Introduction: Panic: State of Mind or Mind of State?

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Panic, this issue's preferred affect, seems to be a plentiful and popular sentiment in our country. It's a close cousin of rage, and it takes hold when people are stressed from working longer hours for less money.

Jonathan Sterne and Zack Furness

Issue #64, September 2003


These days, we hear a lot about "affect" and politics. The rap goes something like this: the left has for too long concentrated on making rational arguments, while the right has appealed to emotion. Therefore, those of us on the left need to find ways to appeal to people's hearts as well as their minds if we hope to be more successful in the 21st century. This talk has been going on in academia since the 1980s — we've heard it many times in the claustrophobic halls of critical theory, and analyzed it within the setting of countless theory seminars. But it's not just an academic sentiment. For example, in the latest Left Business Observer, pseudopublic intellectual Slavoj Zizek opines that one of the reasons it's so hard to organize against wars is that people, well, they just don't want to hear about it.

Yet, it's not like popular culture or the mass media makes us feel warm, safe and cocoon-like. Far from it! Panic, this issue's preferred affect, seems to be a plentiful and popular sentiment in our country. It's a close cousin of rage, and it takes hold when people are stressed from working longer hours for less money, anxious about looming school loans, unable to visit a doctor without hassle, or frightened by watching too many hours of Fox news.

Panic is part of American political discourse as well: both mainstream parties think they can best persuade us by scaring us. The rightly-hated Patriot Act is predicated on Americans being so frightened for their safety that they might be willing to give up their most basic constitutional rights. The democrats, meanwhile, also hope to win elections in 2004 by scaring the electorate. Just listen to the crowd of presidential hopefuls sing in unison: we should freak out about the economy, and we should ask ourselves if we feel any safer after Bush has bombed the hell out of two countries. OK, they do have a point about the effectiveness of Bush's military agenda policy, and let's face it . . . the economy is in the tank. But panic isn't high on the list of emotions conducive to problem-solving, and we sometimes forget that really bad things can happen when everyone is freaked out.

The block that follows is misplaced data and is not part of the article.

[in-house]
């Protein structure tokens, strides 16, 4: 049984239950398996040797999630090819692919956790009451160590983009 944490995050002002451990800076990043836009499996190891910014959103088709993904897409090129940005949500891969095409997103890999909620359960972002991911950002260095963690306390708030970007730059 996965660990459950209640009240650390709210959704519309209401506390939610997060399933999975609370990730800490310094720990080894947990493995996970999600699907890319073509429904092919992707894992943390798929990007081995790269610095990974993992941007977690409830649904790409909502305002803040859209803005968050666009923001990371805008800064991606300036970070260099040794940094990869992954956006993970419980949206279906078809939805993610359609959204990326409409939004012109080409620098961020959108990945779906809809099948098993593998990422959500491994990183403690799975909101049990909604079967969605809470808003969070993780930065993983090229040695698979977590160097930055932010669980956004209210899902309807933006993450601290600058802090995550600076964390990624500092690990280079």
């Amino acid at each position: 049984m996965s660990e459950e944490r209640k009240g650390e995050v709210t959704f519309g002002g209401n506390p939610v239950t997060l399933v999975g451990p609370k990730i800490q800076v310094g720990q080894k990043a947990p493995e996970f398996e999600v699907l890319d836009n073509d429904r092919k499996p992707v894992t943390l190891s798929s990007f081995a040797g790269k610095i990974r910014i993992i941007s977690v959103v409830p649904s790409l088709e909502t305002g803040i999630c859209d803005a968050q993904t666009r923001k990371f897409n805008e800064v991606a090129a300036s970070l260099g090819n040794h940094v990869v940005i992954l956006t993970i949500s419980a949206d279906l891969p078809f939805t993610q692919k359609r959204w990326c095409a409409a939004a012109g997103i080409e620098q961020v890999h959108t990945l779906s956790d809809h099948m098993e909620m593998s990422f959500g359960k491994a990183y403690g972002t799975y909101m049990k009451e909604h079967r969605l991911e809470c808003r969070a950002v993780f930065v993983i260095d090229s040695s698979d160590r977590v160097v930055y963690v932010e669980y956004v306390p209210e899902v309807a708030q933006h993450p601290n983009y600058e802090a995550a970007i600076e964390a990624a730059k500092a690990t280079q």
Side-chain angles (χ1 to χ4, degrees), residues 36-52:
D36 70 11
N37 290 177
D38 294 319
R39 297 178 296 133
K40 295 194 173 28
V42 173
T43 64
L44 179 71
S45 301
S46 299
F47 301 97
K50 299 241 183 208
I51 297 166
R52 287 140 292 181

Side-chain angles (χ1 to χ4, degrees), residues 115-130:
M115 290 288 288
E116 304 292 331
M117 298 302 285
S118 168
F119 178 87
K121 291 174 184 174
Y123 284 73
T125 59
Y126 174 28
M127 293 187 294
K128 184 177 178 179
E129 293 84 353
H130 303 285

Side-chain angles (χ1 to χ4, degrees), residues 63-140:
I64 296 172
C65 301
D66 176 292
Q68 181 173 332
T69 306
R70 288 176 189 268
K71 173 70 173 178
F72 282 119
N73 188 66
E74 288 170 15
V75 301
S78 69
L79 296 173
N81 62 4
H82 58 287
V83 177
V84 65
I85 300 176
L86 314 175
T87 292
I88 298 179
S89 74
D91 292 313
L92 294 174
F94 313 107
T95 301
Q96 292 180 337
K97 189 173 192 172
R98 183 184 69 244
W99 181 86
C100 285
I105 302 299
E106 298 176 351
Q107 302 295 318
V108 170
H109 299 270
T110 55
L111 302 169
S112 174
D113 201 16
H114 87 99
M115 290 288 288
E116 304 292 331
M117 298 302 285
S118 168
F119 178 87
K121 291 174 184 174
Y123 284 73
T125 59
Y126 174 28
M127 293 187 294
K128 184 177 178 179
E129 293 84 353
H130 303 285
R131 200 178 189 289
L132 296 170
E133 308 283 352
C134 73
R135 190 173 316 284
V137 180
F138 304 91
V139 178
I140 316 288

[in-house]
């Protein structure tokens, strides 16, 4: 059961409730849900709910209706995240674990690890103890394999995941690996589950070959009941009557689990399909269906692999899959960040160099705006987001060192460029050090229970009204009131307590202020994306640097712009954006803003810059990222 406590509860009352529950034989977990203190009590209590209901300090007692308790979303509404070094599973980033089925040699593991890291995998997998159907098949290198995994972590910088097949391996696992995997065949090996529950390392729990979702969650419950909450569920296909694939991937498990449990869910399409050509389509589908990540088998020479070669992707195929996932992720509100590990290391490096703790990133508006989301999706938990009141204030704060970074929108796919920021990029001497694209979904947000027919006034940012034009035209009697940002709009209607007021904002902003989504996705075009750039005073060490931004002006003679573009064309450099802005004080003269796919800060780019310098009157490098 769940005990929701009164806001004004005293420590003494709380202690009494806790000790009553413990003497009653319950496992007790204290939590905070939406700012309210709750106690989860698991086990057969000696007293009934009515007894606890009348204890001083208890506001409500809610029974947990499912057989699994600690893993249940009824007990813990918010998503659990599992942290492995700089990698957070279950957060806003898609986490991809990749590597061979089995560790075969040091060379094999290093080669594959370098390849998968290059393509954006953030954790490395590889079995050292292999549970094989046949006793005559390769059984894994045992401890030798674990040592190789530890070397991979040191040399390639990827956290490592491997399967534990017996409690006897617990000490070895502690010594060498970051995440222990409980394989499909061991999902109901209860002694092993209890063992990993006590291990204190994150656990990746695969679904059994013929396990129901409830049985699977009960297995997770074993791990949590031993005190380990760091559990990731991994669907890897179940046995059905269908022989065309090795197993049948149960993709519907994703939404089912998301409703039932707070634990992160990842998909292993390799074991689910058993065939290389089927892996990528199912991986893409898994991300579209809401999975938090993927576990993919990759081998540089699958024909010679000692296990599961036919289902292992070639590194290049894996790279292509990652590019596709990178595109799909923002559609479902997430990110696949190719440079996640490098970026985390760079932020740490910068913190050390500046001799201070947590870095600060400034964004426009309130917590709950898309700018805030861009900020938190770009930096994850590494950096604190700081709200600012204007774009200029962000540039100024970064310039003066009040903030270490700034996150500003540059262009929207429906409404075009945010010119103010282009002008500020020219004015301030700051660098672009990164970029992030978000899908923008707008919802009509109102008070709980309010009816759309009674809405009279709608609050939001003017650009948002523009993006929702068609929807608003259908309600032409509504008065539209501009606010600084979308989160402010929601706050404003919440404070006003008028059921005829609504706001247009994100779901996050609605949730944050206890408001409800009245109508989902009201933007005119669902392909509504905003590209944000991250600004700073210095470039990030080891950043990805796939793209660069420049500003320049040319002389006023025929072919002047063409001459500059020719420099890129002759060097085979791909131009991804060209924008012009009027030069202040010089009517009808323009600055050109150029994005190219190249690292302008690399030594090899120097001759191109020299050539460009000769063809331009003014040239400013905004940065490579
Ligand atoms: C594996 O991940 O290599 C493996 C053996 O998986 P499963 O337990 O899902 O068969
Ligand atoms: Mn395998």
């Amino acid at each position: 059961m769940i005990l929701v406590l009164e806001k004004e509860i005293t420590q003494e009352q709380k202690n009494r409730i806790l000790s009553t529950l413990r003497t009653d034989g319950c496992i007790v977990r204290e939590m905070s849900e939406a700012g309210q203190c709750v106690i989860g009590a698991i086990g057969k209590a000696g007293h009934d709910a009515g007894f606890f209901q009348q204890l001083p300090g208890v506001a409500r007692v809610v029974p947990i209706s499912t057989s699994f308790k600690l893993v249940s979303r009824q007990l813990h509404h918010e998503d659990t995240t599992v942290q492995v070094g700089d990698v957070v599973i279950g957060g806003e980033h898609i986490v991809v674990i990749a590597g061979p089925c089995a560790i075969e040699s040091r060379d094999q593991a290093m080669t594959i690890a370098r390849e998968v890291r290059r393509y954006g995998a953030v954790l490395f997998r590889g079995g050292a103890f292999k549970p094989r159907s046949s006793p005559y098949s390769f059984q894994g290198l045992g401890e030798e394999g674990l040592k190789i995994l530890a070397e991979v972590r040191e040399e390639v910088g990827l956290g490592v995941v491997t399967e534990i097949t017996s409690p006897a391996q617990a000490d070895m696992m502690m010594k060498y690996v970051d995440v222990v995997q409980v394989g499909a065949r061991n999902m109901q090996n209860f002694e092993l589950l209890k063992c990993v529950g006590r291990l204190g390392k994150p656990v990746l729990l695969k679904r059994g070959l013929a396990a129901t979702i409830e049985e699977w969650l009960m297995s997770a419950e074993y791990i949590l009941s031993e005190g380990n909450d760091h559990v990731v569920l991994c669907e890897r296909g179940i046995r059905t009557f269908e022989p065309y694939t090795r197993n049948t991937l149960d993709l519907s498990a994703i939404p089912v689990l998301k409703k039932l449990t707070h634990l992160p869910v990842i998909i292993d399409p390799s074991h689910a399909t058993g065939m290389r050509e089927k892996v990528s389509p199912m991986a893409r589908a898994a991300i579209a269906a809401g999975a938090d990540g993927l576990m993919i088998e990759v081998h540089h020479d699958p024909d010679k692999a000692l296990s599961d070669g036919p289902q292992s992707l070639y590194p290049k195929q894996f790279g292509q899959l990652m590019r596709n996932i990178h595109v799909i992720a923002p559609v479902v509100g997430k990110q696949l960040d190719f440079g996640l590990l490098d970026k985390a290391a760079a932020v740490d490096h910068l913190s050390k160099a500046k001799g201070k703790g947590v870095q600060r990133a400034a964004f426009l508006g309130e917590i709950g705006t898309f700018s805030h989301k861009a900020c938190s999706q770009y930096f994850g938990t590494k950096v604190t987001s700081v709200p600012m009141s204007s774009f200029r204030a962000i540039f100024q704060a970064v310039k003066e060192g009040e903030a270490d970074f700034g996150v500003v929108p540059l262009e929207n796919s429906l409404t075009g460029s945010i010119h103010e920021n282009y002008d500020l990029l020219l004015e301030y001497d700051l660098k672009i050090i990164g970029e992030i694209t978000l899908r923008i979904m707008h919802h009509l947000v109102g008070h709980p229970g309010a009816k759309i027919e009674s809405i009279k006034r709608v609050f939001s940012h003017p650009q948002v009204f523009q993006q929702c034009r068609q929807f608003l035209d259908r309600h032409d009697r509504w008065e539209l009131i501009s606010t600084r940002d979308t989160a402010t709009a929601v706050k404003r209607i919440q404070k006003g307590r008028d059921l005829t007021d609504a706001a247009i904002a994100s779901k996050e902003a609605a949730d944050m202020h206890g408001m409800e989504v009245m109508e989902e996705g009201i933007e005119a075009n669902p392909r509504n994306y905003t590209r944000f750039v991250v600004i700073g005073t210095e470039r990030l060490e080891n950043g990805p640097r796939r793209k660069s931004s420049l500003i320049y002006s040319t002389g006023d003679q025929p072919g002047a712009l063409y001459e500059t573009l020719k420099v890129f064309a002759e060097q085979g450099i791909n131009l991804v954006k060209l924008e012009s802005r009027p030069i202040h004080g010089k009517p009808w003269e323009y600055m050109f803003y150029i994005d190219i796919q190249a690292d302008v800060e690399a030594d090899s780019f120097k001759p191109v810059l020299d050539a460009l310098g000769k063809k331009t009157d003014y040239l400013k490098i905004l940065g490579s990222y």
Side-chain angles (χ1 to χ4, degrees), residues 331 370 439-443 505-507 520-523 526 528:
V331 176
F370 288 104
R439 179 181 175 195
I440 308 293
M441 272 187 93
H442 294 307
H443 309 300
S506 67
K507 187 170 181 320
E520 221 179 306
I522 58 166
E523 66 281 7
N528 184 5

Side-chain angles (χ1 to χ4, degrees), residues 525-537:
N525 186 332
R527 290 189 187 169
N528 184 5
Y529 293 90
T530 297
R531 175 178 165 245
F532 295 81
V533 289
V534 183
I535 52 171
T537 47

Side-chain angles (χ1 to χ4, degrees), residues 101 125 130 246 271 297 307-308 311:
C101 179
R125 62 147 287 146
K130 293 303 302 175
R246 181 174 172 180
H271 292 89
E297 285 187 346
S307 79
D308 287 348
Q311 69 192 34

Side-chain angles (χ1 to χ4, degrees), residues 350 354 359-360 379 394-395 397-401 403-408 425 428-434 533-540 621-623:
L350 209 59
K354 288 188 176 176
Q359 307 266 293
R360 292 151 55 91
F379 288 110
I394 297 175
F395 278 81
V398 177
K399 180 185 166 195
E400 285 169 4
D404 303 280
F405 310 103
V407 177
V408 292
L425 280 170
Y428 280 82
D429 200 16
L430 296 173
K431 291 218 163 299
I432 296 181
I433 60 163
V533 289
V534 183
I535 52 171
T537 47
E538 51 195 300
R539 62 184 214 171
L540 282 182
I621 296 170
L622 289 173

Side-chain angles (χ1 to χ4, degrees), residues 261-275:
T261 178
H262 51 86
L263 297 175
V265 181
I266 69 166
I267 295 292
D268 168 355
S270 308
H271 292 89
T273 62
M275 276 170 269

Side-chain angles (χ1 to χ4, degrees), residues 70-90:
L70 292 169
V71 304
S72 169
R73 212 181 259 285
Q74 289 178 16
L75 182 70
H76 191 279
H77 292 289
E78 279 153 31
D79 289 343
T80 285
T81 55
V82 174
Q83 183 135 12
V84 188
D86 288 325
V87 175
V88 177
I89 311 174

Should we panic about Bush

This issue examines panic and politics from a few different perspectives. Ann Dutton and Kevin Carollo's essays connect the deeply personal experience of Panic with larger political questions. Dutton criticizes the casual attitude toward mental illness in American culture, while Carollo connects psychology and national aggression. James Palazzolo takes a different route by providing some suggestions for how one might effectively panic. Katy Gall and Vikram Kambampati examine the corrupt banking practices that lead to the horror of excessive mortgage debt for families, and they chronicle how ACORN has fought predatory lending practices. Mike Mosher examines warfare as a response to something other than panic — arguing that there may be a just cause for war, but the U.S. hasn't managed to find one lately. Zack Furness asks why the U.S. news media expected New Yorkers to panic during this summer's blackout. Jonathan Sterne concludes the issue with an analysis of how public relations practices help produce war panics.


Jonathan Sterne teaches in the Department of Communication at the University of Pittsburgh and is a member of the Bad Subjects Production Team. Visit his home page at http://www.pitt.edu/~jsterne.

Zack Furness is a graduate student in the Department of Communication at the University of Pittsburgh, and is a member of the Bad Subjects Production Team.

Credits: HitlerBush graphic copyright ©2003 TimmyTatts. All rights reserved.

Copyright © 2003 by Jonathan Sterne and Zack Furness. All rights reserved.

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